One-way membrane trafficking of SOS in receptor-triggered Ras activation Academic Article uri icon

abstract

  • SOS is a key activator of the small GTPase Ras. In cells, SOS-Ras signaling is thought to be initiated predominantly by membrane recruitment of SOS via the adaptor Grb2 and balanced by rapidly reversible Grb2-SOS binding kinetics. However, SOS has multiple protein and lipid interactions that provide linkage to the membrane. In reconstituted-membrane experiments, these Grb2-independent interactions were sufficient to retain human SOS on the membrane for many minutes, during which a single SOS molecule could processively activate thousands of Ras molecules. These observations raised questions concerning how receptors maintain control of SOS in cells and how membrane-recruited SOS is ultimately released. We addressed these questions in quantitative assays of reconstituted SOS-deficient chicken B-cell signaling systems combined with single-molecule measurements in supported membranes. These studies revealed an essentially one-way trafficking process in which membrane-recruited SOS remains trapped on the membrane and continuously activates Ras until being actively removed via endocytosis.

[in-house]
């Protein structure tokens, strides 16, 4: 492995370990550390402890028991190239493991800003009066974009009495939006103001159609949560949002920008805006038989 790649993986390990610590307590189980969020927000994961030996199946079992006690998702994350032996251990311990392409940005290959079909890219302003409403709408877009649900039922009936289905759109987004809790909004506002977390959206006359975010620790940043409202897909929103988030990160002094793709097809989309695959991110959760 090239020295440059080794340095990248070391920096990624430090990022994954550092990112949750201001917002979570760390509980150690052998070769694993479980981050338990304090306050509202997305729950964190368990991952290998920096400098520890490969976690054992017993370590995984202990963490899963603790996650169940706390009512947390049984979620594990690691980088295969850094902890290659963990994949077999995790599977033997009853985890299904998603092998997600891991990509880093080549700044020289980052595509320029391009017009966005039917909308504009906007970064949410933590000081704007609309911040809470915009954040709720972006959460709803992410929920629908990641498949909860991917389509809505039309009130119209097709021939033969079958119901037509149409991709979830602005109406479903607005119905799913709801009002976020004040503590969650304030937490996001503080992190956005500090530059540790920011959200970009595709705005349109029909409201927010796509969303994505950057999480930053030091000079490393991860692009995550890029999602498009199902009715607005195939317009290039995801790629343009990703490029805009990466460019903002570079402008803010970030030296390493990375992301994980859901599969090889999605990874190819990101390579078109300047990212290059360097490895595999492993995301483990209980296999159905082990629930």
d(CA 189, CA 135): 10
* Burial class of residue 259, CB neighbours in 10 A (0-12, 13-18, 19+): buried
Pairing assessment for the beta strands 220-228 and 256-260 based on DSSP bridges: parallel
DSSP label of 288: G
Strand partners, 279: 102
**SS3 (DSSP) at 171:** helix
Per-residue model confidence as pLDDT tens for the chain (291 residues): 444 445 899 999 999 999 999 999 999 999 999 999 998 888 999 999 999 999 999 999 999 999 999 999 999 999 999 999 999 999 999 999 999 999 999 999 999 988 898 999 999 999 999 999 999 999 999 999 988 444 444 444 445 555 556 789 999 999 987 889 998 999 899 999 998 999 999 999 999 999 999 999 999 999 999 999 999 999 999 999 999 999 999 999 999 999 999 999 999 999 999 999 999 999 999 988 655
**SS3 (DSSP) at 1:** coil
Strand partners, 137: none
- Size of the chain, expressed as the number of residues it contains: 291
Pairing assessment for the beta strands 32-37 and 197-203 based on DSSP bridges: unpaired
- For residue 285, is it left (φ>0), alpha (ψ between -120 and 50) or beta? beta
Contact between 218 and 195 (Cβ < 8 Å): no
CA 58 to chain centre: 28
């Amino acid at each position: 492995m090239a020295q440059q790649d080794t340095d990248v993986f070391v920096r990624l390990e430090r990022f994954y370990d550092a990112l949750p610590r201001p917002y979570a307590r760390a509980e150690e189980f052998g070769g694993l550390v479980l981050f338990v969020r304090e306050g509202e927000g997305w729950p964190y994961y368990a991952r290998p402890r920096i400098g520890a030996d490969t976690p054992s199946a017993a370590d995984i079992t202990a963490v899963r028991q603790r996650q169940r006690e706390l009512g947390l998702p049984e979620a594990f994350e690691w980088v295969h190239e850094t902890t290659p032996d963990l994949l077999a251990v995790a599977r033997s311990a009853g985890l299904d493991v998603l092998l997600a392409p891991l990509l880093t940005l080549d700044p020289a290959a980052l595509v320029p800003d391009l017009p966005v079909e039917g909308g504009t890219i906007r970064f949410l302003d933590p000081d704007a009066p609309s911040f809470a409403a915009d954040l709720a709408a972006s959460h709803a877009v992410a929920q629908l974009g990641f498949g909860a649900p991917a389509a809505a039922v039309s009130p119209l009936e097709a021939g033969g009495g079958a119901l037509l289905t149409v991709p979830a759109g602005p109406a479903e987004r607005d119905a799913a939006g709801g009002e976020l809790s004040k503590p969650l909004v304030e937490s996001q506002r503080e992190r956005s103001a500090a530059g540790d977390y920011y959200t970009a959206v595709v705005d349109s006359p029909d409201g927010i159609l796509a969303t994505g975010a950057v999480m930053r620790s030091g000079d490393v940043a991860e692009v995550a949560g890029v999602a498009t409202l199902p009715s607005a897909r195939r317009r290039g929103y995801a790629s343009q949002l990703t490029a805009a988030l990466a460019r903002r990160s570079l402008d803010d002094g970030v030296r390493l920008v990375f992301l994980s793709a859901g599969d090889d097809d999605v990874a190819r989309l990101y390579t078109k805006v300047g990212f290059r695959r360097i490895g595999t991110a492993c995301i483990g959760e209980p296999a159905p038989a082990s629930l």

altmetric score

  • 2

author list (cited authors)

  • Christensen, S. M., Tu, H., Jun, J. E., Alvarez, S., Triplet, M. G., Iwig, J. S., ... Groves, J. T.

citation count

  • 25

publication date

  • August 2016